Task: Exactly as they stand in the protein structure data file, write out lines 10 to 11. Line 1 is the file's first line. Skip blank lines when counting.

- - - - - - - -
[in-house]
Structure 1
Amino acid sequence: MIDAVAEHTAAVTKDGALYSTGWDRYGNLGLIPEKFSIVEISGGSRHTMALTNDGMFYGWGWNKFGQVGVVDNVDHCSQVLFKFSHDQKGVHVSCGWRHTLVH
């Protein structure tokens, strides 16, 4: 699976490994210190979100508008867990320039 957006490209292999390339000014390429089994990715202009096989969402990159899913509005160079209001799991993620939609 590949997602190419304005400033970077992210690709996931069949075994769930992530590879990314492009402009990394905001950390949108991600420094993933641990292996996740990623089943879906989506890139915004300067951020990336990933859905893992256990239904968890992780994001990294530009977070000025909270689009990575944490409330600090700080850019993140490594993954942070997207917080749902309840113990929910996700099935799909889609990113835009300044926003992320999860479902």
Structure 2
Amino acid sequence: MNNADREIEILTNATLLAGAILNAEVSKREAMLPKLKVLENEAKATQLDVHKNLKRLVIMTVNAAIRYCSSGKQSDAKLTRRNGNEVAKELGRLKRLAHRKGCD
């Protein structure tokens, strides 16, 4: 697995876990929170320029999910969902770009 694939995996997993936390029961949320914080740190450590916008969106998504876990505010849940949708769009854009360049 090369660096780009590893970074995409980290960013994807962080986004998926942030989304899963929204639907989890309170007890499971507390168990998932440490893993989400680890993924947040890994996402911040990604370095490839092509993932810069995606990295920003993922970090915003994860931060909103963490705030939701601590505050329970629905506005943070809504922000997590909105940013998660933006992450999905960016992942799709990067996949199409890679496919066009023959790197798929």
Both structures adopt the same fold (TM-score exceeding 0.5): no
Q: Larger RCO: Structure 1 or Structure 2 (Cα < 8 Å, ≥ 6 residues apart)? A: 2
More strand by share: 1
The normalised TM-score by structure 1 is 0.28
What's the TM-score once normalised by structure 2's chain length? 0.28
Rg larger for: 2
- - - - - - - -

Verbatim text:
More strand by share: 1
The normalised TM-score by structure 1 is 0.28